• Tags and license information from resources and collections could/should feed through to Moodle LMS via the MoodleNet plugin.

Many thanks to those who shared their insights with us, they have proved to be very helpful!

MoodleNet at the Creative Commons Summit 2019

Lisbon, Portugal
Lisbon, Portugal

Last week, Doug Belshaw (MoodleNet Lead / Product Manager) spent three days at the Creative Commons Summit in Lisbon, Portugal. This annual event features “hundreds of leading activists, advocates, librarians, educators, lawyers, technologists, and more” coming together for “discussion and debate, workshops and planning, talks and community building”.

The focus was on Creative Commons and its licenses, but also on the more general concept of the ‘commons’, defined by Wikipedia as:

The commons is the cultural and natural resources accessible to all members of a society, including natural materials such as air, water, and a habitable earth. These resources are held in common, not owned privately. Commons can also be understood as natural resources that groups of people (communities, user groups) manage for individual and collective benefit. Characteristically, this involves a variety of informal norms and values (social practice) employed for a governance mechanism. Commons can be also defined as a social practice of governing a resource not by state or market but by a community of users that self-governs the resource through institutions that it creates .


The MoodleNet team did not run a session at the Summit this year. Instead, our aim was to make connections with as many people and projects as possible. The Summit was very useful in that regard, and this posts serves to list (in no particular order) some higlights in the form of potentially-relevant projects.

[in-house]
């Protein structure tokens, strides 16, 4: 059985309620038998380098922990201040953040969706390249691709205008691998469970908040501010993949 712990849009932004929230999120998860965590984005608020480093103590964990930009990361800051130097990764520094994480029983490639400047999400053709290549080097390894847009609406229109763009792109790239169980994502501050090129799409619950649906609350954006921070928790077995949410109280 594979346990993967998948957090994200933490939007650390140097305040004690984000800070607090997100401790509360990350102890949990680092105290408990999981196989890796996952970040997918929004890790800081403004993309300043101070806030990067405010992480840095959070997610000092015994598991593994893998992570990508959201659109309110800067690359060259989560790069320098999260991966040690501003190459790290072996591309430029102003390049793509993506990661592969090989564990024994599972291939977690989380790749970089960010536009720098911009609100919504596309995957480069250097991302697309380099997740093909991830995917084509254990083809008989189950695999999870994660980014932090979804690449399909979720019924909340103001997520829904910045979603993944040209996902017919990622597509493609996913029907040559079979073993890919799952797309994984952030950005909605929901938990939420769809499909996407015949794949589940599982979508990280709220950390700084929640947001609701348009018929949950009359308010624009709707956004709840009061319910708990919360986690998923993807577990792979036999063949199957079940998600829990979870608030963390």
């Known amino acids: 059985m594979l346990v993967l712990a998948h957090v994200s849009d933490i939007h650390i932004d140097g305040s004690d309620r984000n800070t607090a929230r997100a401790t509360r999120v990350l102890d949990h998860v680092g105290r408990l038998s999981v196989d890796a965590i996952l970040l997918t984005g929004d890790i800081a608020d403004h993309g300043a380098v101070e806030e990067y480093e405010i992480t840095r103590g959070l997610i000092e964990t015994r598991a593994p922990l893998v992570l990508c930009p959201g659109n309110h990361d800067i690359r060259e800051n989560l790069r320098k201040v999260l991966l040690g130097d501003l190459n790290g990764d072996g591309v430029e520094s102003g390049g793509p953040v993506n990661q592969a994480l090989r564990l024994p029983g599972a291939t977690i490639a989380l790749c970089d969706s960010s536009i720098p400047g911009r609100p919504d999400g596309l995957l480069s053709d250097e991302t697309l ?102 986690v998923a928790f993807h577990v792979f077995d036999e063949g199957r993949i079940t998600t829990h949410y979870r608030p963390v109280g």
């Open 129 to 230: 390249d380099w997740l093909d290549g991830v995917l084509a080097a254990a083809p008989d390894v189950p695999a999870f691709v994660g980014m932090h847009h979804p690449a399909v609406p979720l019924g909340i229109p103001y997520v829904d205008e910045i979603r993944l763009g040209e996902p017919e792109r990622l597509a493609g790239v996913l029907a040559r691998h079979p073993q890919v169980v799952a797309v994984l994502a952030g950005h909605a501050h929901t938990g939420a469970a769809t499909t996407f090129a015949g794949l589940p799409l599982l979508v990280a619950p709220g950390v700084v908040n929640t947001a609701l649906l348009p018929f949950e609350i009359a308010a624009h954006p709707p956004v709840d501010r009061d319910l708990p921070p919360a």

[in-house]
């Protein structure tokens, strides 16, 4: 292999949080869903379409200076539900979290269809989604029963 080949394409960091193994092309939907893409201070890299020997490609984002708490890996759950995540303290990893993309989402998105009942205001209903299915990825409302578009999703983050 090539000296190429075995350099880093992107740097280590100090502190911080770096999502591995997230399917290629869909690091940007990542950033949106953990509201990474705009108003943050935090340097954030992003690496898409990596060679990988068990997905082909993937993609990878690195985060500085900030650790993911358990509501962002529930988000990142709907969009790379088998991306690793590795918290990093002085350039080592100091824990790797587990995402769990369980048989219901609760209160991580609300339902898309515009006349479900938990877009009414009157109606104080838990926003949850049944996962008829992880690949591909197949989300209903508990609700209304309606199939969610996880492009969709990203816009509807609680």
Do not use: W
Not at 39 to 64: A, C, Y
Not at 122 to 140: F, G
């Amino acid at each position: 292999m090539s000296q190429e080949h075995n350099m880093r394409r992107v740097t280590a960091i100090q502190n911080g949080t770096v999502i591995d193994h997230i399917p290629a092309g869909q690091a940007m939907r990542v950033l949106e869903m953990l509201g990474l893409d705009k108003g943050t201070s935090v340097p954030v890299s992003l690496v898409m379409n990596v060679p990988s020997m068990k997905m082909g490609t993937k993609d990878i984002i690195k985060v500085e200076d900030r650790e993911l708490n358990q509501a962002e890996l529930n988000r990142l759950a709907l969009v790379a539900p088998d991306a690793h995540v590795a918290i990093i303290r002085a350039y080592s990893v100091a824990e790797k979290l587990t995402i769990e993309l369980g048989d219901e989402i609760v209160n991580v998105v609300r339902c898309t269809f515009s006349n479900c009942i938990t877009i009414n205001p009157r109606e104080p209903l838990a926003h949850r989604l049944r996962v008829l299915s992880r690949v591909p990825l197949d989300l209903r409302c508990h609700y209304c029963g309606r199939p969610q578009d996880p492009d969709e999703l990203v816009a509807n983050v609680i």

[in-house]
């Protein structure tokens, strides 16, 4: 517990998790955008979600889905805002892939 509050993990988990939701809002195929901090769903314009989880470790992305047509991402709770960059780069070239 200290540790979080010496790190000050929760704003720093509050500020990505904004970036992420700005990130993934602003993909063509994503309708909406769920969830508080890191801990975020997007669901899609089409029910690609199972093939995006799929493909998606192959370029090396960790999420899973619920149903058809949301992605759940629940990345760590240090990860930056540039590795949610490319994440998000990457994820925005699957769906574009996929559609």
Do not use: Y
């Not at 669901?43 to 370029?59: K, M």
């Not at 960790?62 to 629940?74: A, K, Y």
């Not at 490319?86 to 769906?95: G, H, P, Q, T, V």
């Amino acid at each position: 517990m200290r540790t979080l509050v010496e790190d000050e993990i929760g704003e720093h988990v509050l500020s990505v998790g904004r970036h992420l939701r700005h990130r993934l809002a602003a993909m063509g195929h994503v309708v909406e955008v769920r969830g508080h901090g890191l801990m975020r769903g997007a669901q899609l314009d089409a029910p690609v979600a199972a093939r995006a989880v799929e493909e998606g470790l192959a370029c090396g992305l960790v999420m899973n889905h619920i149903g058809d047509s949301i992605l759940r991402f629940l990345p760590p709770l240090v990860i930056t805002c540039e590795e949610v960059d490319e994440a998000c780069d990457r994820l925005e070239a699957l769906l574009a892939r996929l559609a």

1. Creative Commons Network Platforms

Image with CC logo

In order to facilitate community dialogue, Creative Commons is setting up a number of ‘network platforms‘, or working groups. These are currently being set up via mailing lists such as Google Groups, synchronous workplace chat apps like Slack, and monthly teleconferences.

There’s a real opportunity, we think, for MoodleNet to be the default open place that people from different organisations come together to organise, discuss and share.

2. Wikidata

Screenshot of Wikidata website
Screenshot of the Wikidata website

Wikidata is very well summarised on its main page:

Wikidata is a free and open knowledge base that can be read and edited by both humans and machines.

Wikidata acts as central storage for the structured data of its Wikimedia sister projects including Wikipedia, Wikivoyage, Wiktionary, Wikisource, and others.

Wikidata also provides support to many other sites and services beyond just Wikimedia projects! The content of Wikidata is available under a free licenseexported using standard formats, and can be interlinked to other open data sets on the linked data web.

There are currently 50 million items that have been contributed by 20,000 users on the platform. They describe it as the largest Open Educational Resource ever!

We’re particularly interested in Wikidata as a way to represent, in an objective, multi-lingual way, the data used by the resources added and uploaded to MoodleNet instances.

3. Global Digital Library

Screenshot of Global Digital Library website
Screenshot of Global Digital Library

Global Digital Library (GDL) is a project that aims to “provide access to free, high-quality, early grade reading resources in languages that children use and understand”. A key component of their strategy is that, instead of simply translating OER produced in English by western educators, content is created locally in around 100 languages.

We’re interested in the work GDL are doing in terms of the glocal (“reflecting or characterized by both local and global considerations”) perspective they bring to OER. We’re aiming to do something similar with MoodleNet! Interestingly, the presenter, Chris Gunderson, also talked about the newly-formed Digital Public Goods Alliance, which we will keep an eye on.

4. OER World Map

Screenshot of the OER World Map
Screenshot of the OER World Map